Reports using other similar NER-deficient mouse models have suggested that vascular dysfunction plays a role in the reduced lifespan and other progeroid features of these models. Indeed, Ercc1Δ/− mice display an age-dependent endothelial dysfunction, such as increased blood pressure  and early in vivo senescence of thoracic aorta, albeit with no changes in angiogenesis potential from aortic explants. . Ercc1Δ/− ECs also presented early proliferative senescence in vitro . Endothelial-specific gene deletion of Ercc1 also severely limits mouse lifespan and causes progressive vascular dysfunction, such as altered end organ perfusion . We thus sought to investigate whether the CX model also displayed endothelial dysfunction, as well as its possible role in the observed neurodegenerative phenotype.
However, EC lines obtained from CX mice did not present any in vitro differences regarding cell proliferation, migration, or ICAM-1 activation compared to control ECs. In addition, CX aorta did not display early senescence nor decreased angiogenesis potential ex vivo, indicating that ECs do not play a role in a cell autonomous manner regarding the CX phenotype. Previous findings have demonstrated that CX mice present a higher production of hydrogen sulfide (H2S) both in vivo and in cultured ECs, as an adaptive response to DNA damage . As H2S is crucial for age-related vascular health , this increase in H2S might explain the lack of cell autonomous EC dysfunction in CX mice. Furthermore, we found no increase of pro-inflammatory factors TNFα and IL-6 in the serum of CX mice, which indicates that this model does not exhibit systemic inflammation nor EC activation. Nevertheless, local factors such as the presence of senescent perivascular fat cells or other pro-inflammatory cells residing in a close proximity to the ECs could still generate a local vascular dysfunction phenotype .
Despite having no cell autonomous EC defects, we found higher brain vascular permeability in CX mice, which indicates BBB dysfunction in this progeroid model. CX brain also show an increase in the expression of ICAM-1, TNFα, and active NF-κB, markers of vascular activation and inflammation , alongside an increase in p16Ink4a positive cells, a marker of senescence . Taken together these results suggest that CX mice have a brain EC dysfunction. We hypothesize that pro-inflammatory factors, as indicated by the higher levels of TNFα and active NF-κB, influence the brain microenvironment in a neuroinflammatory, deleterious manner, and thus could be involved in the brain vascular dysfunction also observed in other similar neuropathologic models [43, 44].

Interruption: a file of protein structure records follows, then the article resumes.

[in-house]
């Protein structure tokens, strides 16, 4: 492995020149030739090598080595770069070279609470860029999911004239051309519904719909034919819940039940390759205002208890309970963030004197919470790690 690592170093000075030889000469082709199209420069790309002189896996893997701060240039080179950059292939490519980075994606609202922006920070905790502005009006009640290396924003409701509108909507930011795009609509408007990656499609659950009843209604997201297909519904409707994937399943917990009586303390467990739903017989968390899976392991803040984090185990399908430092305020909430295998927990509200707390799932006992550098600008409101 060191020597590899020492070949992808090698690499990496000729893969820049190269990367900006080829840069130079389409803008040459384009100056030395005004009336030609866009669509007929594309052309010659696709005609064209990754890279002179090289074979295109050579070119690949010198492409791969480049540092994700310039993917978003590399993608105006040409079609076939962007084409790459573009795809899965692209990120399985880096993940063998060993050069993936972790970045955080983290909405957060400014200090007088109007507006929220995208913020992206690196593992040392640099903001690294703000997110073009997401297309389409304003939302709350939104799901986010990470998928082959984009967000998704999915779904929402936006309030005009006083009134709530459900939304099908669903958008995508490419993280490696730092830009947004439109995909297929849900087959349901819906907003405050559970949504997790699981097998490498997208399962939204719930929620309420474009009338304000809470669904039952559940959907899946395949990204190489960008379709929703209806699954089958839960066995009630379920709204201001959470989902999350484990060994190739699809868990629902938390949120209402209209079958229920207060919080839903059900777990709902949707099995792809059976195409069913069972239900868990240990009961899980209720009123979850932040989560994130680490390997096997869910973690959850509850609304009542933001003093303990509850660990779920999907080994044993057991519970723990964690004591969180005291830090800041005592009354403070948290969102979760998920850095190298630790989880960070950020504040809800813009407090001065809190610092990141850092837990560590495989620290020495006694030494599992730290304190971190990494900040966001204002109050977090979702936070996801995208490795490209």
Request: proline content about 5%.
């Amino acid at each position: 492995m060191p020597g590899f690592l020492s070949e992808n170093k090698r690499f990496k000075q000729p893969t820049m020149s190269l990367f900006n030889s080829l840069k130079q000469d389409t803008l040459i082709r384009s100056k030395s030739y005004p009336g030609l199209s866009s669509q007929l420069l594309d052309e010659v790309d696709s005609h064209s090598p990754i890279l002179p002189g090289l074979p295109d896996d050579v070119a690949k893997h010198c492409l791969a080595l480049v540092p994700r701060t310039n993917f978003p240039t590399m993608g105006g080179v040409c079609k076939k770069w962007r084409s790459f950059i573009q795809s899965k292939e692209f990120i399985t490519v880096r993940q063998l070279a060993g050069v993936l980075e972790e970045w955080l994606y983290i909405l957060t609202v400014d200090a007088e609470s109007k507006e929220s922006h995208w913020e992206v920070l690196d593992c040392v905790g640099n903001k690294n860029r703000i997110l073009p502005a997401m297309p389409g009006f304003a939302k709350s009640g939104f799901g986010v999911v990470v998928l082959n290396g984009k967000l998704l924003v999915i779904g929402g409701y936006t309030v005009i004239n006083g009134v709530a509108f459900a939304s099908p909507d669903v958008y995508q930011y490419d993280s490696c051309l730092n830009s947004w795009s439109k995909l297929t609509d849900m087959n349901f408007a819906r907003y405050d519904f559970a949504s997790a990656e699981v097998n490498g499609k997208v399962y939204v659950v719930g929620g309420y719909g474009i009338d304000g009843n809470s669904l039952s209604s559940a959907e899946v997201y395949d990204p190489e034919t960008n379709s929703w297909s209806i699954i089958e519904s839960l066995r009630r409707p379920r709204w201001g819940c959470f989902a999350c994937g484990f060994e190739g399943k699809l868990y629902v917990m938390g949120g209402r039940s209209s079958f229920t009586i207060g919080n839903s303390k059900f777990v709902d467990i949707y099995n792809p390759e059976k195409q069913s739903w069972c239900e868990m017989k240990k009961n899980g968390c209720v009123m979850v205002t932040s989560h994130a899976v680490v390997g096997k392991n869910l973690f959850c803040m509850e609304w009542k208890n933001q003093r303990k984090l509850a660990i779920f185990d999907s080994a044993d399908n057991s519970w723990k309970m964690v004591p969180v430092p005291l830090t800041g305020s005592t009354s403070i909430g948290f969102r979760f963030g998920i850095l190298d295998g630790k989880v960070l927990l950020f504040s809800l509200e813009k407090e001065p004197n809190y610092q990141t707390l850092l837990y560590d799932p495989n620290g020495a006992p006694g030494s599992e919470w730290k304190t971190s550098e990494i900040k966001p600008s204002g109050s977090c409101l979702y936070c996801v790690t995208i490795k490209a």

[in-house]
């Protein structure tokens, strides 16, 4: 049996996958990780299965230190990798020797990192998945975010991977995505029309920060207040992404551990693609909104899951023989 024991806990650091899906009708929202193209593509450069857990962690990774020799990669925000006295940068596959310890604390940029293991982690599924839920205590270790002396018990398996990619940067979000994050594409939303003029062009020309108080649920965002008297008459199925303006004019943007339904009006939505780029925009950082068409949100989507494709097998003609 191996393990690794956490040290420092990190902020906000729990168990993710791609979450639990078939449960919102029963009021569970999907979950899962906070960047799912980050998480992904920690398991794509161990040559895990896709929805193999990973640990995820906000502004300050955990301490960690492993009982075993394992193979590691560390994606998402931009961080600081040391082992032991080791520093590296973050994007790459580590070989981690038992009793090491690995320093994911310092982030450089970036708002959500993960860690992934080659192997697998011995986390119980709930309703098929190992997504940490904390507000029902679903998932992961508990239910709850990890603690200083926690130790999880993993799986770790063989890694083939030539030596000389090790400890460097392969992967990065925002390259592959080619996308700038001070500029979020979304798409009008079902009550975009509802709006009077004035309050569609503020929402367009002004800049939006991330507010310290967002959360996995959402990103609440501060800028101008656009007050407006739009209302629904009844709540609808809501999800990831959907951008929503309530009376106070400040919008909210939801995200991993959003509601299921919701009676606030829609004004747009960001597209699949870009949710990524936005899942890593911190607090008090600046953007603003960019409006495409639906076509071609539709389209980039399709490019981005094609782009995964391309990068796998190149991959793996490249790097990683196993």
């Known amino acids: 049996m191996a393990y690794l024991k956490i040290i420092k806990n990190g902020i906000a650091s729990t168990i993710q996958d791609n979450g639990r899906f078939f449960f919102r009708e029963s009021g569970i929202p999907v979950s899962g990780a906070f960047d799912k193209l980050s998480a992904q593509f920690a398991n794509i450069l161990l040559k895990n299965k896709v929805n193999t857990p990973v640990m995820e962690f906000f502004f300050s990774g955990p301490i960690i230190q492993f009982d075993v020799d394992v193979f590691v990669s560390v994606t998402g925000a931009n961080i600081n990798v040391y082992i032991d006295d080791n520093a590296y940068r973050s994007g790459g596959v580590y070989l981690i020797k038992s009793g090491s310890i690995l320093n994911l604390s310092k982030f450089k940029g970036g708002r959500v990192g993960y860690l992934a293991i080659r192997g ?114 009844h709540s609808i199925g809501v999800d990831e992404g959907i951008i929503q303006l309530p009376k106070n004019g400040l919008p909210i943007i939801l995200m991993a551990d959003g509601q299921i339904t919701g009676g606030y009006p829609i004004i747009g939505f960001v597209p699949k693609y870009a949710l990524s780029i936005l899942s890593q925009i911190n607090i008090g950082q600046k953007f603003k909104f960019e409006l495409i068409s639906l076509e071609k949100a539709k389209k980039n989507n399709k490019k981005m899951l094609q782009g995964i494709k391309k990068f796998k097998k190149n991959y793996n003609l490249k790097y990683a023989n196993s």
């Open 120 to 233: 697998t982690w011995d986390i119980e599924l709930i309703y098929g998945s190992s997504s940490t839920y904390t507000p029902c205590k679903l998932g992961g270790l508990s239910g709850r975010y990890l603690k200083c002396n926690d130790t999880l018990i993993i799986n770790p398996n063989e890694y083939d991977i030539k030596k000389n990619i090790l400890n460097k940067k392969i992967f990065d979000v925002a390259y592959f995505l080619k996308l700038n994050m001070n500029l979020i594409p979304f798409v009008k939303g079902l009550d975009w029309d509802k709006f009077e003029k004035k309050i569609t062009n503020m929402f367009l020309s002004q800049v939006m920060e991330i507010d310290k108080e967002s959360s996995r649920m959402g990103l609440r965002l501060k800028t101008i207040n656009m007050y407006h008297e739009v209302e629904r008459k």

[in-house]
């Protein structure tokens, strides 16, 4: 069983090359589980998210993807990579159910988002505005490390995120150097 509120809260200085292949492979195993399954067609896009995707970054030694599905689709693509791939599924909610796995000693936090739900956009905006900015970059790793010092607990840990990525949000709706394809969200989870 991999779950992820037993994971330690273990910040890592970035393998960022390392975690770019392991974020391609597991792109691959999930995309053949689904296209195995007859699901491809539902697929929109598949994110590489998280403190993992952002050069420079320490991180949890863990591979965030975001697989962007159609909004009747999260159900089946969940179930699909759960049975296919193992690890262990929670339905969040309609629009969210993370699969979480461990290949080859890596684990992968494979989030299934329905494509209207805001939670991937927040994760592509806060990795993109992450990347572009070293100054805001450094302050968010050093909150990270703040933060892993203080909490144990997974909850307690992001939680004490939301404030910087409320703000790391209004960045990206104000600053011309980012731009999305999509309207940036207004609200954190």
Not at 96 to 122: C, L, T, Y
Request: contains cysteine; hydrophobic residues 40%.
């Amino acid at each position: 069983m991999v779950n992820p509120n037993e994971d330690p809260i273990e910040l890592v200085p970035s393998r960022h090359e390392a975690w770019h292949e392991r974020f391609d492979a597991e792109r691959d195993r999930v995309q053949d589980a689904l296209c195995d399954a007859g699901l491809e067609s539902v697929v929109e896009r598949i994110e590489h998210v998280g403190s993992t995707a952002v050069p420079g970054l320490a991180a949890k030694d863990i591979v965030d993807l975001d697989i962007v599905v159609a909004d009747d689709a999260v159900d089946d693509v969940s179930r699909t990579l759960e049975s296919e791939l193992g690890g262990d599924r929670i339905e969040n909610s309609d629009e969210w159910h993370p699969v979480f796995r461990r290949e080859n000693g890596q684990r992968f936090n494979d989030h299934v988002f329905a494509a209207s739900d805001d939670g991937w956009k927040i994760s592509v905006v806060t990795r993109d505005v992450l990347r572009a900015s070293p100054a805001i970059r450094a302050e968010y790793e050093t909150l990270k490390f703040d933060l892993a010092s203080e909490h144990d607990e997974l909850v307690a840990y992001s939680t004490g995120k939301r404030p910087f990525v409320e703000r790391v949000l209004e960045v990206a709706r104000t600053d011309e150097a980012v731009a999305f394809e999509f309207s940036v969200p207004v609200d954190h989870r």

Furthermore, we found an increase in reactive pro-inflammatory astrocytes and microglia, a phenotype also found in other progeroid models, in CS patient cerebella, and during pathologic and normal ageing [15, 35, 45]. The observed astro- and microgliosis is presumed to be independent of the neurovascular dysfunction phenotype, as neovascularization impairment did not augment this phenotype. The relationship between astrocytes, microglia, neuroinflammation, and neurodegeneration is a very complex one, as these multifunctional, versatile glial cell types are involved in a variety of processes, such as energy metabolism, debris clearance, synaptic maintenance, cell signaling, and regulation of anti and pro inflammatory stimuli . Therefore, it is important not to overstate the effects of an increase in the number of reactive glia, as there are numerous functions that these cells could be carrying out. For instance, since astrocytes are the main cells that provide energy to brain cells, especially neurons , the observed astrogliosis in CX mice could also be associated with the necessity of these cells to meet the energy requirements of the other brain cells, as CX mice have a higher fatty acid oxidation rate and generally more active metabolism .